Think lightweight, affordable, fixed-aperture super-telephoto prime and you’re probably thinking along the lines of a reflex/mirror lens like the Rokinon/Samyang 800mm. This type of lens plays tricks with mirrors to shoehorn long telephoto reach into a small physical size. They used to be quite popular a few decades ago but image quality was (and is) mediocre at best. The other option has more recently been a conventional super-tele prime like the Canon EF 800mm f/5.6 L IS USM (opens in new tab), which is frankly enormous, weighs a hefty 4.5kg, and costs around £13,200/$13,000, putting it beyond the reach of most of us. At a fraction of the weight and cost, Canon’s new RF 800mm f/11 lens aims for an ideal compromise.
Canon RF 800mm f/11 IS STM specs
Mount: Canon RF
Full frame: Yes
Image stabilization: Yes
Lens construction: 11 elements in 8 groups
Angle of view: 3 degrees 5'
Diaphragm blades: None
Minimum aperture: f/11 (fixed aperture)
Minimum focusing distance: 6m
Maximum magnification ratio: 0.14x
Filter size: 95mm
Let’s get the most glaring ‘feature’ out of the way first, in that this lens has a fixed aperture of f/11. Many might consider that rather too narrow, while others might be unimpressed that you can’t alter the aperture in any way. However, the modest f/11 rating enables a relatively compact and lightweight build with smaller-diameter lens elements, and you’re unlikely to want to stop down to a narrower aperture anyway. Taking the diaphragm assembly out of the mix enables further savings in weight, complexity and cost.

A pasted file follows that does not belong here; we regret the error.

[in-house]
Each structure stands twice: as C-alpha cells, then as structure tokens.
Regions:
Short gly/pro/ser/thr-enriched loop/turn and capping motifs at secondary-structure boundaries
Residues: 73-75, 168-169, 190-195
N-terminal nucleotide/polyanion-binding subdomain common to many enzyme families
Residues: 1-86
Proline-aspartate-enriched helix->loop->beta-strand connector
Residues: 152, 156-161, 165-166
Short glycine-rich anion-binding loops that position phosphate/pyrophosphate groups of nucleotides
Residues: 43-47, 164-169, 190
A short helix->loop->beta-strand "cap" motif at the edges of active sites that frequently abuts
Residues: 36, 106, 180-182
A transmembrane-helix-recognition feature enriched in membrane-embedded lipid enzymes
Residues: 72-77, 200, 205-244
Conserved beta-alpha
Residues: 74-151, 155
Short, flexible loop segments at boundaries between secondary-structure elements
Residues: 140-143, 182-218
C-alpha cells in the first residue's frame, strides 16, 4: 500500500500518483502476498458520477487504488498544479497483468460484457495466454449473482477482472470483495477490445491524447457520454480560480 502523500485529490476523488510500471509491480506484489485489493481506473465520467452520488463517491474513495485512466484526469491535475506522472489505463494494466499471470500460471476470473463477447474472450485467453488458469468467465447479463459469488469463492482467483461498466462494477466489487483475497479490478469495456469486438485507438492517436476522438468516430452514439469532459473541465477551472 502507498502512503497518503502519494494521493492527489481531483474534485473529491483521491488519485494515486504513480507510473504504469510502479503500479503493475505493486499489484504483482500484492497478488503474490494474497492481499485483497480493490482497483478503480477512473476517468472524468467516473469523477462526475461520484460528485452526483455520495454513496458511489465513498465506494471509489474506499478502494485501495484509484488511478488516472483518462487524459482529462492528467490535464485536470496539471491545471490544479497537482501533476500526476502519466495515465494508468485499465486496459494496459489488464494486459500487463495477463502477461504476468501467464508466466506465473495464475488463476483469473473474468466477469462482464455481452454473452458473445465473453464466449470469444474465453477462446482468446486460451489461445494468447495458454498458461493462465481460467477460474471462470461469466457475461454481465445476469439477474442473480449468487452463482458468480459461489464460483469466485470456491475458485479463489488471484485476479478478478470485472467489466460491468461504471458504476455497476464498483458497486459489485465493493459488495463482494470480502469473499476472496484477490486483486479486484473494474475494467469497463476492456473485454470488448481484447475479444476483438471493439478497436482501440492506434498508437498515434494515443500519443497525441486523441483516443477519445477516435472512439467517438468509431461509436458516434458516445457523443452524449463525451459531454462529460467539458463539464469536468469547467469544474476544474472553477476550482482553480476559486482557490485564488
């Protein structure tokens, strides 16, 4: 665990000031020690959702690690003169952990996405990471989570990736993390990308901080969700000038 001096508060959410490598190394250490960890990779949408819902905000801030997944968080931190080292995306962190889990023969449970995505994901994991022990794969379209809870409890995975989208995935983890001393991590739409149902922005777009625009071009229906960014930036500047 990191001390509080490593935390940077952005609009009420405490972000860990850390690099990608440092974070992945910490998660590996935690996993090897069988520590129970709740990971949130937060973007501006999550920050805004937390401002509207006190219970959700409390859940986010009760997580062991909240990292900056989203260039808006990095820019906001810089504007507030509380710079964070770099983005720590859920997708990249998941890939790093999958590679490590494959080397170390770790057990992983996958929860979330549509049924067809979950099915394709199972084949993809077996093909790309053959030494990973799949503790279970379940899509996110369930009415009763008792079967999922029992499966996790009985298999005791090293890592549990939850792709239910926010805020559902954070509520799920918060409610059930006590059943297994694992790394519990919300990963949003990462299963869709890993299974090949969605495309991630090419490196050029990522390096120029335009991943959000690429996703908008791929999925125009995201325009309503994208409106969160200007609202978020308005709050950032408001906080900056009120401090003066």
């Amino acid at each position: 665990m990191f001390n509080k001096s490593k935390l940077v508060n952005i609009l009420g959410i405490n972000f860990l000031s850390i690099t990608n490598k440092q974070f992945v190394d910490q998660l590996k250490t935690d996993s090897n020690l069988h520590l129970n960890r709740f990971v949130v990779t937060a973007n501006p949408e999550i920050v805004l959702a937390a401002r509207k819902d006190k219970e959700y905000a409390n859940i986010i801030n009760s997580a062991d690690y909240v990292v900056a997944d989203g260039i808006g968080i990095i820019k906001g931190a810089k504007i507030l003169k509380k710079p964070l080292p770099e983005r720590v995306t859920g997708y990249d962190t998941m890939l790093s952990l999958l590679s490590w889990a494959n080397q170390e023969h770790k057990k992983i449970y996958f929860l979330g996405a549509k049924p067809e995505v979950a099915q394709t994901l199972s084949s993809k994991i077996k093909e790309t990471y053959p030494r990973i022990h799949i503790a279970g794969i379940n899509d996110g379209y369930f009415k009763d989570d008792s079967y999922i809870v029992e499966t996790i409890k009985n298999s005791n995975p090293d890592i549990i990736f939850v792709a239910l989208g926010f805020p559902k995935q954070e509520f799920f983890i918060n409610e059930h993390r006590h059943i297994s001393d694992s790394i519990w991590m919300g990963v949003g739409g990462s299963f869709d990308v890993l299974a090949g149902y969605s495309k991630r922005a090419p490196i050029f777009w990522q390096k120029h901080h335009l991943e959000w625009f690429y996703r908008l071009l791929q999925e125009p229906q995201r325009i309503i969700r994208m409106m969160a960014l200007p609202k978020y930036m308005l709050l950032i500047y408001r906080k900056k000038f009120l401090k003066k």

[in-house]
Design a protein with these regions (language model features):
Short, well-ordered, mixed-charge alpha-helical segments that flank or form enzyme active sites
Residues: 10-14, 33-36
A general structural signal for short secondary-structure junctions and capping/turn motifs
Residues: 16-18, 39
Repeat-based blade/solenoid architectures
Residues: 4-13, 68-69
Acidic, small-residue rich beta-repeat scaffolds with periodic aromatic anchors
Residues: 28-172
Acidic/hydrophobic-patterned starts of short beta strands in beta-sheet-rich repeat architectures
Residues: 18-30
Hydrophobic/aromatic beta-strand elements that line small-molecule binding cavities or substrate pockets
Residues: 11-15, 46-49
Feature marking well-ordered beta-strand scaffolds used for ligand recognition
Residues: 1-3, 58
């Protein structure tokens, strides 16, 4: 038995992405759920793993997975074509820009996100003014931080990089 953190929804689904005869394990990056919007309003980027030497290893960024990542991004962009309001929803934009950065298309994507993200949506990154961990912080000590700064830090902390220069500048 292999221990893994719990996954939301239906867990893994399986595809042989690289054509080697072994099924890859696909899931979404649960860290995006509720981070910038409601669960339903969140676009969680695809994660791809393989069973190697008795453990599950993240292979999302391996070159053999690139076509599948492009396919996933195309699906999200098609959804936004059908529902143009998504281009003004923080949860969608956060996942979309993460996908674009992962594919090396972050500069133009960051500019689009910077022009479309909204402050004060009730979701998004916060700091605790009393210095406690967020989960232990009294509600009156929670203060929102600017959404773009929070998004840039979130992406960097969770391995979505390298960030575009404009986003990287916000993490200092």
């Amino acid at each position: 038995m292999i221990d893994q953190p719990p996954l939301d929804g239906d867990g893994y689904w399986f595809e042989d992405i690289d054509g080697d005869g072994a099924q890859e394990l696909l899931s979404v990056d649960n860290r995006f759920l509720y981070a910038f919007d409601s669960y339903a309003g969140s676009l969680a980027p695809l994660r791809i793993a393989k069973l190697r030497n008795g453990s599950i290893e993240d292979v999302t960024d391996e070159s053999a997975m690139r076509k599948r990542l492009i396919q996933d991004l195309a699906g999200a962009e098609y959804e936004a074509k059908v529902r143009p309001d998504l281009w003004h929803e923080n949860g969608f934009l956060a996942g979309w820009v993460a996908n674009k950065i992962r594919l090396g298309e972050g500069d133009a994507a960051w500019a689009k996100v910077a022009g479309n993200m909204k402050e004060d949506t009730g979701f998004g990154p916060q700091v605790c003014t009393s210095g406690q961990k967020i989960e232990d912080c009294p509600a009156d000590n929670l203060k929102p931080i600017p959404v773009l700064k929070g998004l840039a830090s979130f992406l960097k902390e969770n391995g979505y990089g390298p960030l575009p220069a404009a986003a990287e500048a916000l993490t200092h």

Another significant feature in the downsizing of this lens is that, like its smaller sibling the Canon RF 600mm f/11 IS STM (opens in new tab), Canon has deployed its ‘Diffractive Optics’. Also known as Fresnel or Phase Fresnel lenses, these are optical elements with a ridged surface laid out in concentric circles. They’re typically used to focus lighthouse lamps and theatrical stage lighting, but can dramatically shorten the length of telephoto lenses, while also reducing lateral chromatic aberration.
Yet another space-saver is that the lens has a retractable design, enabling it to shrink down to a length of 282mm for packing away. A twist-action locking ring enables you to shorten the lens, or extend it to its full length of 352mm for shooting.